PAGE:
Another major limitation of our study was the absence of visual acuity, due to which the correlation of structural outcome and functional outcome following LASER and LSV could not be obtained.


  Conclusion Top


In summary, we found that eyes with advanced ROP show myopia progression as age advances; however, there was no difference in the progression of myopia in those who underwent laser versus laser followed by LSV. Although this series is the largest dataset comparing myopia progression between the two treatment modalities, prospective studies with biometric data would give us better insights into the progression of myopia in this vulnerable population.

Financial support and sponsorship

Nil.

Conflicts of interest

There are no conflicts of interest.

 
  References Top

1.
Fielder AR, Quinn GE. Myopia of prematurity: Nature, nurture, or disease? Br J Ophthalmol 1997;81:2-3.  Back to cited text no. 1
[PUBMED]    
2.
Quinn GE, Dobson V, Kivlin J, Kaufman LM, Repka MX, Reynolds JD, et al. Prevalence of myopia between 3 months and 5 1/2 years in preterm infants with and without retinopathy of prematurity. Cryotherapy for Retinopathy of Prematurity Cooperative Group. Ophthalmology 1998;105:1292-300.  Back to cited text no. 2
[PUBMED]    
3.
Laws F, Laws D, Clark D. Cryotherapy and laser treatment for acute retinopathy of prematurity: Refractive outcomes, a longitudinal study. Br J Ophthalmol 1997;81:12-5.  Back to cited text no. 3
[PUBMED]    
4.
Carvounis PE, Poll J, Weikert MP, Wilhelmus K, Lakhanpal RR, Holz ER. Refractive outcomes of lens-sparing vitrectomy for retinopathy of prematurity. Arch Ophthalmol 2010;128:843-6.  Back to cited text no. 4
[PUBMED]    
5.
Bhende P, Gopal L, Sharma T, Verma A, Biswas RK. Functional and anatomical outcomes after primary lens-sparing pars plana vitrectomy for Stage 4 retinopathy of prematurity. Indian J Ophthalmol 2009;57:267-71.  Back to cited text no. 5
[PUBMED]  [Full text]  
6.
Garcia-Valenzuela E, Kaufman LM. High myopia associated with retinopathy of prematurity is primarily lenticular. J AAPOS 2005;9:121-8.  Back to cited text no. 6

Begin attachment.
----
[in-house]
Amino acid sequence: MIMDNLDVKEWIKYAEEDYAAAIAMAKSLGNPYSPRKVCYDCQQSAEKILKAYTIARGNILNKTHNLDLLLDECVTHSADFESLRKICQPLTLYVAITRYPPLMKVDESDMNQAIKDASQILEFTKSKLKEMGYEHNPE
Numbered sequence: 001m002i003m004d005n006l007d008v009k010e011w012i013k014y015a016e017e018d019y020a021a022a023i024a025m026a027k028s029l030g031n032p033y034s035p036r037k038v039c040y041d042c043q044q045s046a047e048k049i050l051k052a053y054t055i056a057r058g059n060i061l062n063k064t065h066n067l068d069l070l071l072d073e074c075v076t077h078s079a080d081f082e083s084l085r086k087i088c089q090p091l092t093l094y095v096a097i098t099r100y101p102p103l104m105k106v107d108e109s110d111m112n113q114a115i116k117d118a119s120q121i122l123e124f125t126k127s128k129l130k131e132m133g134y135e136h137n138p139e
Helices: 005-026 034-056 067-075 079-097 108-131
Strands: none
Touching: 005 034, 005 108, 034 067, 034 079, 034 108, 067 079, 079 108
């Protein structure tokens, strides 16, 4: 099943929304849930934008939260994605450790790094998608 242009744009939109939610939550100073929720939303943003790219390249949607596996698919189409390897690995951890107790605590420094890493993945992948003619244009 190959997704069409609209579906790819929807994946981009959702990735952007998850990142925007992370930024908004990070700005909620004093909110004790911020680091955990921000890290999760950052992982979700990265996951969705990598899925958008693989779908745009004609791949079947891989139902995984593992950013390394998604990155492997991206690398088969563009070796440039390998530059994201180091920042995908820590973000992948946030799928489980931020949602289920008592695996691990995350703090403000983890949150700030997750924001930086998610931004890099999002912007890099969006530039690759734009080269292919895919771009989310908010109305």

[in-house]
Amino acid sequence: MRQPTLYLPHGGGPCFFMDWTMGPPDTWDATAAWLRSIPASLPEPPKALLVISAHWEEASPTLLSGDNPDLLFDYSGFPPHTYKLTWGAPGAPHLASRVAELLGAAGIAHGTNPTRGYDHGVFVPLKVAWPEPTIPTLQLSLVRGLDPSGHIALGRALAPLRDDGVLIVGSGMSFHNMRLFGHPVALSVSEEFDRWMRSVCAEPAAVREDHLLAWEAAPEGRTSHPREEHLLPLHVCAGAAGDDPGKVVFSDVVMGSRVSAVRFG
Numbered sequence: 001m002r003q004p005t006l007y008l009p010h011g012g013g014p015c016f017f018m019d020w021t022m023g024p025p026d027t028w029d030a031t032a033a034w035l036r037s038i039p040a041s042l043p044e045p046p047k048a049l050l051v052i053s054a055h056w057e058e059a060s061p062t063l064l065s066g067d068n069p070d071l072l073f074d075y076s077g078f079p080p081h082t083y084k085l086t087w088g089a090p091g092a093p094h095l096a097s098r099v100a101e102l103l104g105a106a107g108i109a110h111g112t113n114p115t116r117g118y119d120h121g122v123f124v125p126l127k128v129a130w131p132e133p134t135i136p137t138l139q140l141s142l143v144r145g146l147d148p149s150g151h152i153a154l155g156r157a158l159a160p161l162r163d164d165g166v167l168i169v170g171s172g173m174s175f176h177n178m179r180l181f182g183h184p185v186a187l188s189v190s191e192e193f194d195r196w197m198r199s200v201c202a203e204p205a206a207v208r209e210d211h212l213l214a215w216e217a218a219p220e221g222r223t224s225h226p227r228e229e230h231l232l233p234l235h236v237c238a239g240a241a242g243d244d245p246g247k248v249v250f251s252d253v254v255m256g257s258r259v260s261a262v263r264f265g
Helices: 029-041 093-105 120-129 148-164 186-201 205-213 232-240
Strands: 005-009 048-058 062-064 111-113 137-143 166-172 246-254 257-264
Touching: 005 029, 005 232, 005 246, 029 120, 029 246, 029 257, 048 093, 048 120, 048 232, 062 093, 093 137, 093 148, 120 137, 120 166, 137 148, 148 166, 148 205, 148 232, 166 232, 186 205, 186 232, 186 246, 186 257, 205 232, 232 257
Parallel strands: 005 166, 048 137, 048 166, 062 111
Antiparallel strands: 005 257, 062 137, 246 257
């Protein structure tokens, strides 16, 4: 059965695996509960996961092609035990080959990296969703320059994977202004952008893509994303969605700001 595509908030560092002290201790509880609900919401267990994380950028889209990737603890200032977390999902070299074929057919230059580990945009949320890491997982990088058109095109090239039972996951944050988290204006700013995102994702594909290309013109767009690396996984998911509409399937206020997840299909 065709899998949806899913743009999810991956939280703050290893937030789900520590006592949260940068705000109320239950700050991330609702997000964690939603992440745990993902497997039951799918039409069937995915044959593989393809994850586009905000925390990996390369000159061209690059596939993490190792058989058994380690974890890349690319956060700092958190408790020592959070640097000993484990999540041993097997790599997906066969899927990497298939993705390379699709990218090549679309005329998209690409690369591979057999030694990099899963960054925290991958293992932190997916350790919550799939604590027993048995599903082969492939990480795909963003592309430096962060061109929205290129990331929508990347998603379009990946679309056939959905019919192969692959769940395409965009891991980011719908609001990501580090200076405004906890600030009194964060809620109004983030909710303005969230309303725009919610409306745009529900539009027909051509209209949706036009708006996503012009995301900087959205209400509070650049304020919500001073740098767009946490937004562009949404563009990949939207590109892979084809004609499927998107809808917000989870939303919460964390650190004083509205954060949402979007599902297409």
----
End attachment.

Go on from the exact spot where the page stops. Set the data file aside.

[PUBMED]    
7.
Yamamoto M, Tatsugami H, Bun J. A follow-up study of refractive errors in premature infants. Jpn J Ophthalmol 1979;23:435-43.  Back to cited text no. 7
    
8.
Gallo JE, Fagerholm P. Low-grade myopia in children with regressed retinopathy of prematurity. Acta Ophthalmol (Copenh) 1993;71:519-23.  Back to cited text no. 8
[PUBMED]    
9.
Majima A. Studies on retinopathy of prematurity II. Fundus appearance and ocular functions in cicatricial phase of very low birth weight infants. Jpn J Ophthalmol 1977;21:421-35.  Back to cited text no. 9
    
10.
Koraszewska-Matuszewska B, Samochowiec-Donocik E, Pieczara E, Papiez M. Myopia as a complication of retinopathy of prematurity. Klin Oczna 1993;95:339-42.  Back to cited text no. 10
[PUBMED]    
11.
Gordon RA, Donzis PB. Myopia associated with retinopathy of prematurity. Ophthalmology 1986;93:1593-8.  Back to cited text no. 11
[PUBMED]    
12.
McLoone EM, O'Keefe M, McLoone SF, Lanigan BM. Long-term refractive and biometric outcomes following diode laser therapy for retinopathy of prematurity. J AAPOS 2006;10:454-9.  Back to cited text no. 12
    
13.
Choi MY, Park IK, Yu YS. Long term refractive outcome in eyes of preterm infants with and without retinopathy of prematurity: Comparison of keratometric value, axial length, anterior chamber depth, and lens thickness. Br J Ophthalmol 2000;84:138-43.  Back to cited text no. 13
[PUBMED]    
14.
Chen YH, Chen SN, Lien RI, Shih CP, Chao AN, Chen KJ, et al. Refractive errors after the use of bevacizumab for the treatment of retinopathy of prematurity: 2-year outcomes. Eye (Lond) 2014;28:1080-6.  Back to cited text no. 14
    
15.
Quinn GE, Dobson V, Davitt BV, Hardy RJ, Tung B, Pedroza C, et al. Progression of myopia and high myopia in the early treatment for retinopathy of prematurity study: Findings to 3 years of age. Ophthalmology 2008;115:1058-64.e1.  Back to cited text no. 15
    


    Figures

  [Figure 1]
 
 
    Tables

  [Table 1], [Table 2], [Table 3], [Table 4]



 

Top
 
 
  Search
 
    Similar in PUBMED
   Search Pubmed for
   Search in Google Scholar for
 Related articles
    Access Statistics
    Email Alert *
    Add to My List *
* Registration required (free)  

 
  In this article
Abstract
Methods
Results
Discussion
Conclusion
References
Article Figures
Article Tables

 Article Access Statistics
    Viewed802    
    Printed1    
    Emailed0    
    PDF Downloaded189    
    Comments [Add]    

Recommend this journal